Album review: Revelator/Tedeschi Trucks Band

Posted: January 9, 2012 in Album review: rock

Bias is perhaps the biggest no-no for any critic or reviewer. You, the reader, trust us with complete steely impartiality; you trust us to do our job of slicing through the hype and the hubris to get at the real meat of the thing. So I hope it doesn’t wrinkle your confidence to know I am writing this review attired in the Tedeschi Trucks Band t-shirt I bought at this year’s Byron Bay Bluesfest where this band blew my tiny mind.

But does the debut album of husband and wife blues-rock royalty, Susan Tedeschi and Derek Trucks – Revelator – capture the slow burn and spark of their live show? The recording studio has too often sucked the fire – the live tightrope danger – out of any jam-band, from the Grateful Dead (the grand-daddy of jam-bands) to the mighty Allman Brothers Band (a latter day version which counts Trucks as slide-guitarist). That is not the case here.

Produced by longtime associate Jim Scott with Derek Trucks, the album takes its sweet time to mesmerise. There are no up-tempo boogaloos or rockers here – the flavour is Southern country funk almost all the way and, even though the band is an 11 piece juggernaut, the vibe is very collective, very “family”, reflecting the fragrant values of the early 70’s counterculture at the core of this music. Blues, roots and good weed.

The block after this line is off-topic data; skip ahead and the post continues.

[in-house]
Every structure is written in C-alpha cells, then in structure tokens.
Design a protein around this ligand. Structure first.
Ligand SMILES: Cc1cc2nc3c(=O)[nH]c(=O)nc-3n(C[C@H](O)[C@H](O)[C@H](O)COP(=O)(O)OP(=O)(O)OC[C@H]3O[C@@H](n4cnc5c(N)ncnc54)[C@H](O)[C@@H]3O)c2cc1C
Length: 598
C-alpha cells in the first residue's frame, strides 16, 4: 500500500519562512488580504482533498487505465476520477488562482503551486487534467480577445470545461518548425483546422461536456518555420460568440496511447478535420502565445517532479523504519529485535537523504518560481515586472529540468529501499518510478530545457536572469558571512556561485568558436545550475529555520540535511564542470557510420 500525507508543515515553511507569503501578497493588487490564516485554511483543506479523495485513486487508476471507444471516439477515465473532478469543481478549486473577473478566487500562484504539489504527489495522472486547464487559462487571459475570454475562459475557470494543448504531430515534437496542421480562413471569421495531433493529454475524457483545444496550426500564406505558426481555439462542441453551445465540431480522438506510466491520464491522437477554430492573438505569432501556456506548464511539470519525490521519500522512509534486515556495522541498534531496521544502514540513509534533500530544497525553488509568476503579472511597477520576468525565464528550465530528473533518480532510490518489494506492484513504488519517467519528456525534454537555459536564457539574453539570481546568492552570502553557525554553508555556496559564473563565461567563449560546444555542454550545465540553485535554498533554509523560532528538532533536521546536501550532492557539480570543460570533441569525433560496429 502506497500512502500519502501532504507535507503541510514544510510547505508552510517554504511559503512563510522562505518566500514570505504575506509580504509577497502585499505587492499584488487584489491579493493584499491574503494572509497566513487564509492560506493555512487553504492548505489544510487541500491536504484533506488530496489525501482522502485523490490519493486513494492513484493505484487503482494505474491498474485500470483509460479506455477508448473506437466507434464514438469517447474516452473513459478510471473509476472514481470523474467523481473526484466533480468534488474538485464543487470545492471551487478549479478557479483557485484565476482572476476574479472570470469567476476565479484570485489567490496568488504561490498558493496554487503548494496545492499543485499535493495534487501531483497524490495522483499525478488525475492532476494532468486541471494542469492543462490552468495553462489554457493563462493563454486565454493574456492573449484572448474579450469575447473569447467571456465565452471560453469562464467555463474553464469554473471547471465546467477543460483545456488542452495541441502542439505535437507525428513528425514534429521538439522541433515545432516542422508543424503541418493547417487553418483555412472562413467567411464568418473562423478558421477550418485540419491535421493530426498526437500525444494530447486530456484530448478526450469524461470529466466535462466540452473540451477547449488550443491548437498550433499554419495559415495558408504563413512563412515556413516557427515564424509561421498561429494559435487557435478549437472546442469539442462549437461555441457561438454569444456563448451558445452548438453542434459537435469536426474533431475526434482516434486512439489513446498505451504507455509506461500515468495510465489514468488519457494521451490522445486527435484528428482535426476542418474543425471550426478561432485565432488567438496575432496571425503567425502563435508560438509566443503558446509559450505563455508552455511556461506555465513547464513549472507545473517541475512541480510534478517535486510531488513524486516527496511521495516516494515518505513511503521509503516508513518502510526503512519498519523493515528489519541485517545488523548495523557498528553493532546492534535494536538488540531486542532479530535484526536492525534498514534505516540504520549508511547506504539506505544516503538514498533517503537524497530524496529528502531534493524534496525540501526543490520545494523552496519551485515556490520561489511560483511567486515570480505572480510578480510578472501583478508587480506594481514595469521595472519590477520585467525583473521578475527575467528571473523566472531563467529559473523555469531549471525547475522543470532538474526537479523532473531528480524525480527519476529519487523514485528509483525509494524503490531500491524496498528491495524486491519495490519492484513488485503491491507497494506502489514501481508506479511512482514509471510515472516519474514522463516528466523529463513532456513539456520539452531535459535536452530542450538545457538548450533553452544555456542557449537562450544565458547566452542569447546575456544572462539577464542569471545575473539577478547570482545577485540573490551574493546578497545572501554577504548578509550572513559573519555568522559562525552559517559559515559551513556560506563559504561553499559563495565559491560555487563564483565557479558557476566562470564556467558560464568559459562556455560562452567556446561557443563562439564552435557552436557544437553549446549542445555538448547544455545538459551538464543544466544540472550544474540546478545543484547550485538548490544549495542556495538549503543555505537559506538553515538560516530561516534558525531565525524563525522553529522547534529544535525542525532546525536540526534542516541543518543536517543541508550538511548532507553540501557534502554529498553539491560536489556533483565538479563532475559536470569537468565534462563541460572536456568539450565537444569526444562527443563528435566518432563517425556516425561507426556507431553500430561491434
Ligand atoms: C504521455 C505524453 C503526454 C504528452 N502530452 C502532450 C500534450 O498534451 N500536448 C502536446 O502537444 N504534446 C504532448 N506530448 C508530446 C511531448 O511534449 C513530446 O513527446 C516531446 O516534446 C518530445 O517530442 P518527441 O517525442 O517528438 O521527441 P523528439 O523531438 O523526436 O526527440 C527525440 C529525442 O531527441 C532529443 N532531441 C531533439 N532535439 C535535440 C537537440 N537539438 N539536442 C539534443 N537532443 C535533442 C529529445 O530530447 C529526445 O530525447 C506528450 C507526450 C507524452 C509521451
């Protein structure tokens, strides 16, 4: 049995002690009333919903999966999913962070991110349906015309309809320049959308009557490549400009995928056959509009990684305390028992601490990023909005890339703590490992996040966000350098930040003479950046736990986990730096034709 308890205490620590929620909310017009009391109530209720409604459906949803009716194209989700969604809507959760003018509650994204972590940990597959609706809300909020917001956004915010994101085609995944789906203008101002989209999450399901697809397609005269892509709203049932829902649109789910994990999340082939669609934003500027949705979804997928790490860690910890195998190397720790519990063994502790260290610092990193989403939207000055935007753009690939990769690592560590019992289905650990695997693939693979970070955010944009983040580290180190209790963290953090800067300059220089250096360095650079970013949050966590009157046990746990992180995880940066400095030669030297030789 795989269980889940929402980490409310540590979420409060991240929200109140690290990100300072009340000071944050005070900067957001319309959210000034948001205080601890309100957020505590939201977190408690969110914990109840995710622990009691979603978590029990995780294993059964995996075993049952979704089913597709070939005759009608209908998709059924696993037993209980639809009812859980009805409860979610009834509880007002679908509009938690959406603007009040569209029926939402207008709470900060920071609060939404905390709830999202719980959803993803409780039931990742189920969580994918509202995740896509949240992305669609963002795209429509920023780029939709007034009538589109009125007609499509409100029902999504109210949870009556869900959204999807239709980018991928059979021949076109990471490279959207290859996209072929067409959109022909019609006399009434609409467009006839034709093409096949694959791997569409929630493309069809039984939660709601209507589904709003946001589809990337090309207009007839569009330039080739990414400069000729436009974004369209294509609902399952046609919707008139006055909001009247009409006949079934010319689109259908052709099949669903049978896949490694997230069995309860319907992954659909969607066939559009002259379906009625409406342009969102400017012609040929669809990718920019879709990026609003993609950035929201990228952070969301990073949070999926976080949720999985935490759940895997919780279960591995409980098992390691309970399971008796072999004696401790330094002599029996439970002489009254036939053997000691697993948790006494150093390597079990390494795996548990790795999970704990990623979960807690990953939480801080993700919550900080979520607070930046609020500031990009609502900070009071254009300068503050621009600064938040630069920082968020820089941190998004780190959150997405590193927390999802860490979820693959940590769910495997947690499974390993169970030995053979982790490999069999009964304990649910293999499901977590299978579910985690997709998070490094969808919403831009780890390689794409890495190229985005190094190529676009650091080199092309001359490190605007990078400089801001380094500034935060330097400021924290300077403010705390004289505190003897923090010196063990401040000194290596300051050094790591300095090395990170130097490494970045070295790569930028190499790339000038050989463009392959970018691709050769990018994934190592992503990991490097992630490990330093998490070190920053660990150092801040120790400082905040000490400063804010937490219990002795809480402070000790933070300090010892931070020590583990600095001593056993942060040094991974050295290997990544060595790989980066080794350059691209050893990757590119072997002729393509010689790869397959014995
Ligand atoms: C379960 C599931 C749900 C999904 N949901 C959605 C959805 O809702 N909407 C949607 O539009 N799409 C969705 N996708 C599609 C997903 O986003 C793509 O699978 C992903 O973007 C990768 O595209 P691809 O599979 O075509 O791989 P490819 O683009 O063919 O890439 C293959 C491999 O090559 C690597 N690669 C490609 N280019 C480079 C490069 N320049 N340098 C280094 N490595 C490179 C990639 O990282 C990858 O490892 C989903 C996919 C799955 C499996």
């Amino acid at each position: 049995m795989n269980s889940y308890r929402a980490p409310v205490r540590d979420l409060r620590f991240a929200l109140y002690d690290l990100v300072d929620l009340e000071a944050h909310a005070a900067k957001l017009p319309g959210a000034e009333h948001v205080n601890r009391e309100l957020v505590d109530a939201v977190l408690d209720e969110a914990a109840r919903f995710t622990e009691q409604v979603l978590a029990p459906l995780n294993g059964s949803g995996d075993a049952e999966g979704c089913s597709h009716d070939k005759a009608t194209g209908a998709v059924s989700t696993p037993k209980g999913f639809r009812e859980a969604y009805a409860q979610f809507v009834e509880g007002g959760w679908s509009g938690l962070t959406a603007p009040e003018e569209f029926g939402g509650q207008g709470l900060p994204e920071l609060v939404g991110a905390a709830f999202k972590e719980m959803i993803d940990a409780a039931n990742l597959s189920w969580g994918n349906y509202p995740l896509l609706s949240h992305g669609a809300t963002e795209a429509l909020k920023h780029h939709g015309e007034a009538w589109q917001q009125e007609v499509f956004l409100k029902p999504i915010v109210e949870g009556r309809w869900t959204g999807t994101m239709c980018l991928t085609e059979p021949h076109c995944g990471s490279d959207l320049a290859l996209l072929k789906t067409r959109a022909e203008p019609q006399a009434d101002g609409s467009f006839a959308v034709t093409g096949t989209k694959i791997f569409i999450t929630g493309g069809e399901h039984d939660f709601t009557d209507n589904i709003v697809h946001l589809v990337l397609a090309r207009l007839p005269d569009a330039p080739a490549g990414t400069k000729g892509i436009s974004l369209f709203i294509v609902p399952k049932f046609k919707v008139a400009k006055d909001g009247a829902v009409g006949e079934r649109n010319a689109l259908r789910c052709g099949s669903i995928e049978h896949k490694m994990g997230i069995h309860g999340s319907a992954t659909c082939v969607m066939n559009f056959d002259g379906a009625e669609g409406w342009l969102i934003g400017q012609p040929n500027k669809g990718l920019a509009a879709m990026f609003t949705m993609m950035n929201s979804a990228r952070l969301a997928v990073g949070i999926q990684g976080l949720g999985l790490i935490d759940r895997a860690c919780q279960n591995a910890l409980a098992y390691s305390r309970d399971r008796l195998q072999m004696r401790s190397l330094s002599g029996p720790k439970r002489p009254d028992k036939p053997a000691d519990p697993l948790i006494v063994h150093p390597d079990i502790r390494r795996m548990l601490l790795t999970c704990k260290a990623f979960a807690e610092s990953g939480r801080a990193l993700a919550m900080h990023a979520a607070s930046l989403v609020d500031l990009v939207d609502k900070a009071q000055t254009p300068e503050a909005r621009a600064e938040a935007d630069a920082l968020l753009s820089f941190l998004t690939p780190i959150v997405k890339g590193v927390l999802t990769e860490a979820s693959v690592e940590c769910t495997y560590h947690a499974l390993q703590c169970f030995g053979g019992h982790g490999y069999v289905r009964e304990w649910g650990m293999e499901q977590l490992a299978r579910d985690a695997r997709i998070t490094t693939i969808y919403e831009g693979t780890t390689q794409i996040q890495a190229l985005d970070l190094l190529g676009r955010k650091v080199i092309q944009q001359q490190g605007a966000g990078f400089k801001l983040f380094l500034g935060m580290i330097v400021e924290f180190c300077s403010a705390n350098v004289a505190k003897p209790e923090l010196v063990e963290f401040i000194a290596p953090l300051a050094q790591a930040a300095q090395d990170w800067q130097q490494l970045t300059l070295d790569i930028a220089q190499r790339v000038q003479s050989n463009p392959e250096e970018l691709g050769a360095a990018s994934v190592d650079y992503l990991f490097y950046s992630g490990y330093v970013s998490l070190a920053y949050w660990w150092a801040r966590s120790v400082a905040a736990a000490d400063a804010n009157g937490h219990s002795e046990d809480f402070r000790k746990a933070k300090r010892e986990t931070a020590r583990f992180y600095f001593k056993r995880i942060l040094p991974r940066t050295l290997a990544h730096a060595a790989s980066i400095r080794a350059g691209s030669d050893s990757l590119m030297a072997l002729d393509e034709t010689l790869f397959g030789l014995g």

Trucks – the wunderkind of modern US blues-rock – has played in the band of his wife, Susan Tedeschi and she in his. They have even formed a collective of both their bands known as “Soul Stew Revival”. But the Tedeschi Trucks Band has a different focus from their previous jam-band covers and blues workouts – on Revelator the songs are up front. Written by husband and wife with various collaborators, there are some true pearls here. The opener ‘Come See About Me’ is a strong-woman strut song, driven by the rolling bass of Oteil Burbridge (Trucks’ buddy from the Allmans) and the greasy wah-wah clavinet of his brother Kofi. Susan Tedeschi’s opening note, held long like the howl of a slide guitar is a wakeup for what is to come.

In fact there are so many moments when the listener cannot tell if some of those sliding melismatic notes are Tedeschi’s voice or Trucks’ pill-bottle slide rasping across the strings of his SG, they are so close. The two voices blend, merge, intertwine into a single thing of real beauty. Throughout Revelator, Derek Trucks’ playing is staggering – he has reinvented the slide-guitar for the new century, pulling out things that seem impossible. But beyond technique, his playing has a chillingly beautiful vocal quality that is the holy grail of anyone who plays the blues, on any instrument. His long coda solo on the moody ‘Midnight in Harlem’ just rises and rises and rises into a dawn-sky of fire.

Susan Tedeschi’s voice is equally captivating – raw, honest, with a burr at its edge that she sharpens or softens according to her message or pain. On the piano driven ‘Until You Remember’ she gives a masterclass on the gems that can be prised from the simplest melody.

Fans have waited a long time for this album from the king and queen of American blues-rock. Rolling Stone has called Revelator a ‘masterpiece’ but that seems too pompous and limiting a title for a work that is equally so very human and so majestic.

Published June 2011 on


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